United Nations
#OceanAction28312
Bikash Ranjan Rautray
by ARASMIN (Association for Rural Area Social Modification, Improvement and Nestling) (Non-governmental organization (NGO))
Mangroves are a unique partnership-led initiative to promote investment in coastal ecosystem conservation for sustainable development. MFF provides a platform for collaboration among the many different agencies, sectors and countries which are addressing challenges to coastal ecosystem and livelihood issues. The goal is to promote an integrated ocean-wide approach to coastal management and to building the resilience of ecosystem-dependent coastal communities. The Horticultural Farming is also supported by the Conservation of Mangrove Forests benefiting to a large number of Small Farmers and Marginal Farmers for their lively-hood management. The landless people take some advantages of financial benefits by collecting the firewood and seeds from the Mangrove Forest. The most important advantage for the nearby people, that the Mangroves save them from different type of Natural Calamities. MFF focuses on ecosystem based adaptation to climate change and building coastal resilience. This includes: understanding the full economic value of mangroves for building coastal resilience, promoting benefit sharing mechanism to ensure rights of the coastal communities over coastal ecosystems, exploring ecosystem based solutions for coastal protection and assisting the coastal communities to become more resilient.
Indias coastline extends almost 7,500 km along the main land and the coastal ecosystems in India provide invaluable services to the thousands of communities. MFF in India works towards the overall objectives of increasing coastal resilience led by the National Coordination Body chaired by the Additional Secretary to Ministry of Environment, Forests and Climate Change (MoEFCC). The focus of the projects are on enhancing coastal livelihood security and sustainability, building upon coastal and marine biodiversity research, preserving ecosystem integrity, ensuring population safety and promoting sustainable livelihoods and developing communication and knowledge on marine and coastal ecosystems.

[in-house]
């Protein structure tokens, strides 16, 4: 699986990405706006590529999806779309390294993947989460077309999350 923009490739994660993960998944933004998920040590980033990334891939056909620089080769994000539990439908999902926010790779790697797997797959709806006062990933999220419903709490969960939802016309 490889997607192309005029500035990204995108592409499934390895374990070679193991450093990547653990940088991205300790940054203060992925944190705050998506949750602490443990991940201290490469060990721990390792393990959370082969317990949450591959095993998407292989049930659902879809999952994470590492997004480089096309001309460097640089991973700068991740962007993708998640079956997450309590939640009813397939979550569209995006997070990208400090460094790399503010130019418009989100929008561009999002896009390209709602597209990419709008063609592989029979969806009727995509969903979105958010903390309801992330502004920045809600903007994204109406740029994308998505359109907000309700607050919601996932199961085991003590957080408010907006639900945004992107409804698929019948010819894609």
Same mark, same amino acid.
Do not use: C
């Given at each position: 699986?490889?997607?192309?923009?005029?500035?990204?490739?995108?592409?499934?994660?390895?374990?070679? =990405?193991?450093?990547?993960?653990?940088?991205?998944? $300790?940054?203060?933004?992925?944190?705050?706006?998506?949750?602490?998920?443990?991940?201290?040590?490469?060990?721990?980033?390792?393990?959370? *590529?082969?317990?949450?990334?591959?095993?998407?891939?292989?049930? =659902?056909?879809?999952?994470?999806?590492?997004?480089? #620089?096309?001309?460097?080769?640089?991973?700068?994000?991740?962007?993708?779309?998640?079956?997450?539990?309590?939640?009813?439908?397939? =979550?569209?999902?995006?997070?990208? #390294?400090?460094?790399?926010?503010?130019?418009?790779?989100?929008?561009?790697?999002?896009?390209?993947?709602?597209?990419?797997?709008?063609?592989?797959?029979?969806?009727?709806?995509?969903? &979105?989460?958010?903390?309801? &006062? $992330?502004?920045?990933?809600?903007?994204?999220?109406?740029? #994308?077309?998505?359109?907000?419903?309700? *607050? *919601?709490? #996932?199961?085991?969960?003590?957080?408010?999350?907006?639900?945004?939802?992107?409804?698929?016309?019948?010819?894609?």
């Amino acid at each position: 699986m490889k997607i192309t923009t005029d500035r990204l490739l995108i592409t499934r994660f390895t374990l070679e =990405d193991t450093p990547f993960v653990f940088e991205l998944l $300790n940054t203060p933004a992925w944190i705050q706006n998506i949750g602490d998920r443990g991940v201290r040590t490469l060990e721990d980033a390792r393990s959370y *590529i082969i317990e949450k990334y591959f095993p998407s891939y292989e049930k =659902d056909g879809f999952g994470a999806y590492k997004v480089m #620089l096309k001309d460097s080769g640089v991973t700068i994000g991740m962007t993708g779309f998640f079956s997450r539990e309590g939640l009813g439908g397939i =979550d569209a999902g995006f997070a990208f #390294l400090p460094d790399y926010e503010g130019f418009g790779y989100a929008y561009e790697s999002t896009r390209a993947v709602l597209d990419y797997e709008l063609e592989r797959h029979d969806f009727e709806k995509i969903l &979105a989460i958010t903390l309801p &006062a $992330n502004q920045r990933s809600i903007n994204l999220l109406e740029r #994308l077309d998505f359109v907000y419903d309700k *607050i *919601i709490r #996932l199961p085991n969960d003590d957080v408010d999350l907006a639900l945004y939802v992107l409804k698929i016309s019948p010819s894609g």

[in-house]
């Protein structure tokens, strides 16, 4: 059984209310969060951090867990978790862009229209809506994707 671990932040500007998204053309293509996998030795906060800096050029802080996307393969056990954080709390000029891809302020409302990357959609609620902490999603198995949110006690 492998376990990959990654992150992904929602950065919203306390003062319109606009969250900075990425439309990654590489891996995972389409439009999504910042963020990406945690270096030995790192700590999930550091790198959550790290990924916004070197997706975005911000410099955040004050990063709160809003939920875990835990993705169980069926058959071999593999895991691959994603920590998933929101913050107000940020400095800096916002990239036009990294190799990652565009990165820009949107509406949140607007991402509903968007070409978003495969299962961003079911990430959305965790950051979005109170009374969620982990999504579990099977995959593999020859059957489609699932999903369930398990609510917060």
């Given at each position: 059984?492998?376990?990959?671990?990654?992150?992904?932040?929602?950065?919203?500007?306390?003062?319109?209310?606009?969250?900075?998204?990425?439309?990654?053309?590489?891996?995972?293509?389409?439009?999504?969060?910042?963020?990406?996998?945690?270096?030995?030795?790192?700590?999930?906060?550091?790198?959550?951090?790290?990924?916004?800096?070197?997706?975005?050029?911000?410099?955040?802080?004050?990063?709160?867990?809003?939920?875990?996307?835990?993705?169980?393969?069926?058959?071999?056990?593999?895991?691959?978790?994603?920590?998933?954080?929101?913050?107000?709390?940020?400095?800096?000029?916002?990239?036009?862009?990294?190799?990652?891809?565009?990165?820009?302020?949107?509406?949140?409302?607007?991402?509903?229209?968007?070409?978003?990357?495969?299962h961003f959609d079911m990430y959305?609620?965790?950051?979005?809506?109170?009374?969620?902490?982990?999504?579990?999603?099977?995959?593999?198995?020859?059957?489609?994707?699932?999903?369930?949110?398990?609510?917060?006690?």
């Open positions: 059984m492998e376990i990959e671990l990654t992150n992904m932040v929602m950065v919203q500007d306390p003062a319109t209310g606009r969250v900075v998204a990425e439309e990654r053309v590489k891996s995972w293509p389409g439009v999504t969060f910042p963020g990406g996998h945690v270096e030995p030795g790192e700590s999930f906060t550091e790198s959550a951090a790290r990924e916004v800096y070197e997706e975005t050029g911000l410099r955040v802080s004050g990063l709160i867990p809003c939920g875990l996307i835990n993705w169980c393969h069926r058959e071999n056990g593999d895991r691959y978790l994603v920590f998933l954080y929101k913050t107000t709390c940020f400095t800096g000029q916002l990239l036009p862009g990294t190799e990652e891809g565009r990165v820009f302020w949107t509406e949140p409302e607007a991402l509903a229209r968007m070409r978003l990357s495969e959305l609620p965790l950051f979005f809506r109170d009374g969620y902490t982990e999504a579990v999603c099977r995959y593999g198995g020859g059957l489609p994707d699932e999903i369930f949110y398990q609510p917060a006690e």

Progress reports
14.1
By 2025, prevent and significantly reduce marine pollution of all kinds, in particular from land-based activities, including marine debris and nutrient pollution
Type of commitment
NUTRIENTS
  • Fertilizer use efficiency
  • Wastewater treatment
  • Manure management
  • Nutrient sinks (e.g. constructed wetlands)
PLASTICS
  • Other (please specify):
  • Coastal clean-ups:
  • Plastics product bans or restrictions :
  • Plastics recovery/recycling/reuse:
SHIPPING
  • Reduce invasive aquatic species introduction
  • Management of ship-based pollution and/or port waste management
OTHER POLLUTANTS (please specify)
  • Cleaner production
  • Industrial effluent pre-treatment
  • Integrated pest management
14.2
By 2020, sustainably manage and protect marine and coastal ecosystems to avoid significant adverse impacts, including by strengthening their resilience, and take action for their restoration in order to achieve healthy and productive oceans
Type of commitment
  • Community or Locally Managed Marine Areas
  • Integrated Coastal Management
  • Marine Spatial Planning
  • Large Marine Ecosystem approach
  • Ecosystem-based Adaptation
14.4
By 2020, effectively regulate harvesting and end overfishing, illegal, unreported and unregulated fishing and destructive fishing practices and implement science-based management plans, in order to restore fish stocks in the shortest time feasible, at least to levels that can produce maximum sustainable yield as determined by their biological characteristics
Type of commitment